Each had suffered injuries. Suzie was taken to Louisiana. A military transport carried Josh to a shelter in Northern Mississippi, where he slept in an aluminum lawn chair for two weeks. Amid the confusion, they had no way to communicate with each other. There was no news if the other one was even alive. They had lost their home, their belongings, Sweet Pea, and now they had lost each other.

A few weeks before Thanksgiving, Suzie and Josh made it back to Pearlington where they reconnected and decided to get married. Soon after their reunion,they met Buster at the local relief center. "I offered to carry a load of laundry to her truck, and then Miss Suzie offered to tell me their story," recalled Buster. "I knew we had to do something for them."

A new house was soon under construction on her property. Next, Buster focused his attention on planning the wedding and finding the perfect dress for Suzie. After visits to four bridal shops in Mobile, Buster found a traditional gown of satin, silk, lace, pearls and a 10-foot train.

With Buster on one arm and her cousin Joel Wallace on the other, Miss Suzie glowed as she walked through the yard greeting guest and singing praises. Ronnie McBrayer, the executive director of Habitat for Humanity of Walton County and an ordained minister, performed the ceremony as shouts of Halleluiahs, amen and praise the Lord filled the air.

The blushing bride

After the wedding cake had been cut and toasts were raised to the happy couple, Suzie thought all her dreams had come true. Then Buster presented them with a baby pot belly pig named Angel. Suzie let out a little cry and broke into song, "I am blessed with everything I could ever need. God has even blessed me with a new Sweat Pea."

Volunteers and guests said their goodbyes, and Suzie and Josh retired inside their new home for their honeymoon. They are starting a marriage in house that rests on the foundation of the original structure that floated away during the storm. The post they clung to is now the center column of their new front porch. Weathered and worn, the column promises to be a solid support for their new life together and a symbol of faith, hope and rebirth for the New Year." -Lynn Nesmith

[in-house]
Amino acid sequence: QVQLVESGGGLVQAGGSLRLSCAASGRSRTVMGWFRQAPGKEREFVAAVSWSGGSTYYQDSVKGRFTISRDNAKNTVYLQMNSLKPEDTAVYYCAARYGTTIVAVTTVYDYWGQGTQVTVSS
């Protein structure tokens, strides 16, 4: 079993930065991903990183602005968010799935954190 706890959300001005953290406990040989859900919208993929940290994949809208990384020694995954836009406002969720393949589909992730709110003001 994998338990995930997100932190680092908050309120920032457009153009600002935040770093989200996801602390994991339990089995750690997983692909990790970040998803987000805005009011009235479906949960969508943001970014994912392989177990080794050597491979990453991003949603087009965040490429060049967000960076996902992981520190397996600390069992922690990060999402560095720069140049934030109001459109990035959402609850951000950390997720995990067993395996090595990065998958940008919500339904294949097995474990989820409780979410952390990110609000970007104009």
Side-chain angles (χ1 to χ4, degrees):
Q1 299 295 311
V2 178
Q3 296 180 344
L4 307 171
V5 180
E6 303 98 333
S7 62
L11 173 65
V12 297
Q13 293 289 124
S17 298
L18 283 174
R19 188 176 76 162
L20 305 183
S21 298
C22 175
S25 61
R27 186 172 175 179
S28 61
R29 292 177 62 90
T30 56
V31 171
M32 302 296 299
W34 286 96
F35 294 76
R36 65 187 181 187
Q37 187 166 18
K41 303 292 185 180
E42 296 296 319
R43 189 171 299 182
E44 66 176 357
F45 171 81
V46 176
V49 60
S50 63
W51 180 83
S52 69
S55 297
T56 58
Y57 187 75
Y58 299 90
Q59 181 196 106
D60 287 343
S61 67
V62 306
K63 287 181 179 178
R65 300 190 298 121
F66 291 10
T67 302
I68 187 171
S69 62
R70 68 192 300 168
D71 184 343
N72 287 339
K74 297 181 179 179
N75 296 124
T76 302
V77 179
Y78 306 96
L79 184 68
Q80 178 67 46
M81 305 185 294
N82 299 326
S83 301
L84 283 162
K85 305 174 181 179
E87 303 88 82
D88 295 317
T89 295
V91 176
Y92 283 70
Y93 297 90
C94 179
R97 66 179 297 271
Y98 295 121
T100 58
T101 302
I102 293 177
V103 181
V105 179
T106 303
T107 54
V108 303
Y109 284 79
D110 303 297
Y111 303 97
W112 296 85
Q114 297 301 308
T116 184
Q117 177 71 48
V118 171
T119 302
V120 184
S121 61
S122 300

This is a story the major media hasn't picked up on yet, but it's one you need to know about. If you've been feeling helpless in the face of all the destruction, as I must confess I have, this shows you one way you can help save lives, one way you can help rebuild lives. This movement is happening right now, in your own backyard, and it's people like you that are behind it. They need your help.

If you'd like to join this movement, one house at a time, if you'd like to offer your support in any way, please contact Habitat For Humanity of Walton County at 850-835-0067, or visit

The volunteers. Your New Year's Resolution should be to join them.

Note: These pictures weren't shot by me, they were forwarded to me by the volunteers that helped to make this day happen.

Thursday, December 22, 2005

Looting Homeland Security

Sunset Over St. Louis Cemetery #1, New Orleans

This article is long. And it's not politically correct. By not politically correct, I mean it's biased against the current administration (as is the truth), and so it will piss off any of you true believers still drinking the Bush Kool-Aid. If this is you, you do not need to tell me that the article pisses you off, or that it's biased, because I know this already, and because, frankly, I no longer care what you think about anything.

Rolling Stone - Looting Homeland Security